British stocks ended September-quarter higher on Friday with domestically focused mid-cap stocks snapping a six-day losing streak after data showed UK’s economy fared better in the second quarter than previously thought.
The FTSE 100 (.FTSE) ended 0.1% higher and closed the third quarter with 1% gain, after a 1.3% fall in the previous quarter.
However, the benchmark index is on track for a second consecutive weekly decline, taking its year-to-date gains to 2.1%, lagging the broader European STOXX 600’s (.SOXX) 6% rise.
“Given how poorly the FTSE 100 has performed for most of this year there is a sense that any downside could well be limited in the current environment,” said Michael Hewson, chief market analyst at CMC Markets.
Meanwhile, the mid-cap FTSE 250 index (.FTMC) jumped 1.0%.
Latest data showed Britain’s second-quarter GDP was 1.8% larger than that in the final three months of 2019, the last full quarter before the start of the COVID-19 pandemic, a big upward revision from the most recent estimate. The growth was also faster than that of Germany and France.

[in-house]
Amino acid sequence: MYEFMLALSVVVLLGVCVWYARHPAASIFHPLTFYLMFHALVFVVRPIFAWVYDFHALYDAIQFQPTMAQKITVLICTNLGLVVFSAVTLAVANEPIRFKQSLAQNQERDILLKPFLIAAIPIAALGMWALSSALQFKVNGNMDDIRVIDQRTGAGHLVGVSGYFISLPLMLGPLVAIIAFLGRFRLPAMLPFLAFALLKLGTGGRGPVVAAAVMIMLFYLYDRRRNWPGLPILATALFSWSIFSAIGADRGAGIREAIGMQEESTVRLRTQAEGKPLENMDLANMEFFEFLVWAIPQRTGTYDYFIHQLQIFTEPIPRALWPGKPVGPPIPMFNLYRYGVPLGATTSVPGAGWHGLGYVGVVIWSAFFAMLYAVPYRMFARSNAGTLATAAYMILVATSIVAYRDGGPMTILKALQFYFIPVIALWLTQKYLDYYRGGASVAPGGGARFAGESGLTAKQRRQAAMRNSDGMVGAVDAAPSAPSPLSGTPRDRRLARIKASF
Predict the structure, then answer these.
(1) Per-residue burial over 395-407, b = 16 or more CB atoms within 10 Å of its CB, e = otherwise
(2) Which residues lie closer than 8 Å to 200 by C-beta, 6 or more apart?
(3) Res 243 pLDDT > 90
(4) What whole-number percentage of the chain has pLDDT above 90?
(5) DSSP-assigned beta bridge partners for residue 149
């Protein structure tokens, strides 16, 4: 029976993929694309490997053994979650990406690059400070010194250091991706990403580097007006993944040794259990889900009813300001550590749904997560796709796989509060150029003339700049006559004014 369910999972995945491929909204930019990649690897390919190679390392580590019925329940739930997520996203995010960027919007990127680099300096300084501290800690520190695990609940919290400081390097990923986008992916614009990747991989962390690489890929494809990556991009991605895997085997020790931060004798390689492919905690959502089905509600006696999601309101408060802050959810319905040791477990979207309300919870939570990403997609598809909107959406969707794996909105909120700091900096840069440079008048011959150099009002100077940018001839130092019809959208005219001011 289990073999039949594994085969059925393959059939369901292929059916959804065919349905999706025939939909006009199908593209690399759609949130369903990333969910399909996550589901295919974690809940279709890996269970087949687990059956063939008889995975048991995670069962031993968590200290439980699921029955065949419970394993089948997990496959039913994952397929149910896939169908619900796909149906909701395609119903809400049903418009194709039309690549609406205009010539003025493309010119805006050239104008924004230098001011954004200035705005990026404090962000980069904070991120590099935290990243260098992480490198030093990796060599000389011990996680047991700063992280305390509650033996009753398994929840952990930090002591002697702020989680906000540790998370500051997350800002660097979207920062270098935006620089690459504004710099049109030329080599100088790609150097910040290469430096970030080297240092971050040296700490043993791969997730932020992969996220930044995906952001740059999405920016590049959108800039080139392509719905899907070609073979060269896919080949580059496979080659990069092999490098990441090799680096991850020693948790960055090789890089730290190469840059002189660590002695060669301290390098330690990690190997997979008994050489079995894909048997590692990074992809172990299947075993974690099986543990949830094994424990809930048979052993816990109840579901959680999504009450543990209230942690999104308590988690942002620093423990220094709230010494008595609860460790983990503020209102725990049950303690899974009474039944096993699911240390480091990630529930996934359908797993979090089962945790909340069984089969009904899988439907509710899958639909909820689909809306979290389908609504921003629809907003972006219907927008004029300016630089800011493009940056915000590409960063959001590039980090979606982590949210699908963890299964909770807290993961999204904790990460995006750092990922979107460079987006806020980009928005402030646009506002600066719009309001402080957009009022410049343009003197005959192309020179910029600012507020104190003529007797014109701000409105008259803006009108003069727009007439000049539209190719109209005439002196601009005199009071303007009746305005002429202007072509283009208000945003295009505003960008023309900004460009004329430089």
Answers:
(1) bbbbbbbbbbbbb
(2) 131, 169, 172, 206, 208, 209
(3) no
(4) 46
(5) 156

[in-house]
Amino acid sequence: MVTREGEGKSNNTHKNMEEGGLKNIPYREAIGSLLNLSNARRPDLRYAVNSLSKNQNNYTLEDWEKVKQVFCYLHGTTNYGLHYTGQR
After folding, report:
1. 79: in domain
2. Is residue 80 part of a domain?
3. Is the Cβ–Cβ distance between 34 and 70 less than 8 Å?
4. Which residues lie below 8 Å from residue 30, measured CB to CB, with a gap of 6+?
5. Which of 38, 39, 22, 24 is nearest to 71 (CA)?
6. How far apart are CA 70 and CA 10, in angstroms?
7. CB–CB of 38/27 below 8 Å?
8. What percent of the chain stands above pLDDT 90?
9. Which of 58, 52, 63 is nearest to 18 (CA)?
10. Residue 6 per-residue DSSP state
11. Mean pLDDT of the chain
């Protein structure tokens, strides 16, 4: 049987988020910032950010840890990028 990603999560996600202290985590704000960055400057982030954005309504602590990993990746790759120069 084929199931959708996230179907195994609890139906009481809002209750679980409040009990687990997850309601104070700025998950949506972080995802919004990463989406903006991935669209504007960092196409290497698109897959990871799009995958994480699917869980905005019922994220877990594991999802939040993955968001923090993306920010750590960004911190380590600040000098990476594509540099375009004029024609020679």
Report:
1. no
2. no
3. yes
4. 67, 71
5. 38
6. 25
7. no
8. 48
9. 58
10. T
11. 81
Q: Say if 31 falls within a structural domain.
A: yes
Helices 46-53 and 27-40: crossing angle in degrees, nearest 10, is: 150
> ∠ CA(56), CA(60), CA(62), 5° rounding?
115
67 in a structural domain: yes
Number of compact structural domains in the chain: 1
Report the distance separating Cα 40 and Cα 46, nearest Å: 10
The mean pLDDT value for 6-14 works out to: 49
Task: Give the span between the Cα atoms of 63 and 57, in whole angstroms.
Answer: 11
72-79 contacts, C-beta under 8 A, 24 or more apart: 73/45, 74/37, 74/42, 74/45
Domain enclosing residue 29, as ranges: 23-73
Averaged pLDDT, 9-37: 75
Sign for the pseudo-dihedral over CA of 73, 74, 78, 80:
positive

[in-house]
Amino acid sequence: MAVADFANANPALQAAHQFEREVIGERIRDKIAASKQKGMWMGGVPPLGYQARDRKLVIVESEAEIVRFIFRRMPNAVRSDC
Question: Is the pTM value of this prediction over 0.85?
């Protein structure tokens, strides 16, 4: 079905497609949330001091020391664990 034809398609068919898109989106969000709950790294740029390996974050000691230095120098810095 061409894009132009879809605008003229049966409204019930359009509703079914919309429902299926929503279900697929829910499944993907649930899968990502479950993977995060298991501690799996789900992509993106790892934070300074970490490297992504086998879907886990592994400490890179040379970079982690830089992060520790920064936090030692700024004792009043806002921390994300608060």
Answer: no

“UK economy is actually holding up much better and the consumer is more resilient and that could potentially mean another rate hike by the end of the year and then higher-for-longer rates,” said Anthi Tsouvali, multi-asset strategist at State Street Global Markets.
Traders are betting there is a 67% chance the Bank of England will again hold fire at its November meeting after the central bank unexpectedly held rates steady at 5.25% last week.
The sectors leading gains were chemicals (.FTNMX552010), up 3.1%, and real estate (.FTNMX351020), which rose 2.5%, while shares of oil and gas companies (.FTNMX601010) lagged the most.
Among single stocks, Aston Martin (AML.L) climbed 9.5% after the luxury carmaker said Chairman Lawrence Stroll’s Yew Tree Consortium further raised its stake in the firm.
Severn Trent (SVT.L) shares rose 4.4% after the British water supplier said it would raise 1 billion pounds ($1.2 billion) in new equity.
Elsewhere, British lenders approved the fewest mortgages in six months in August, data showed.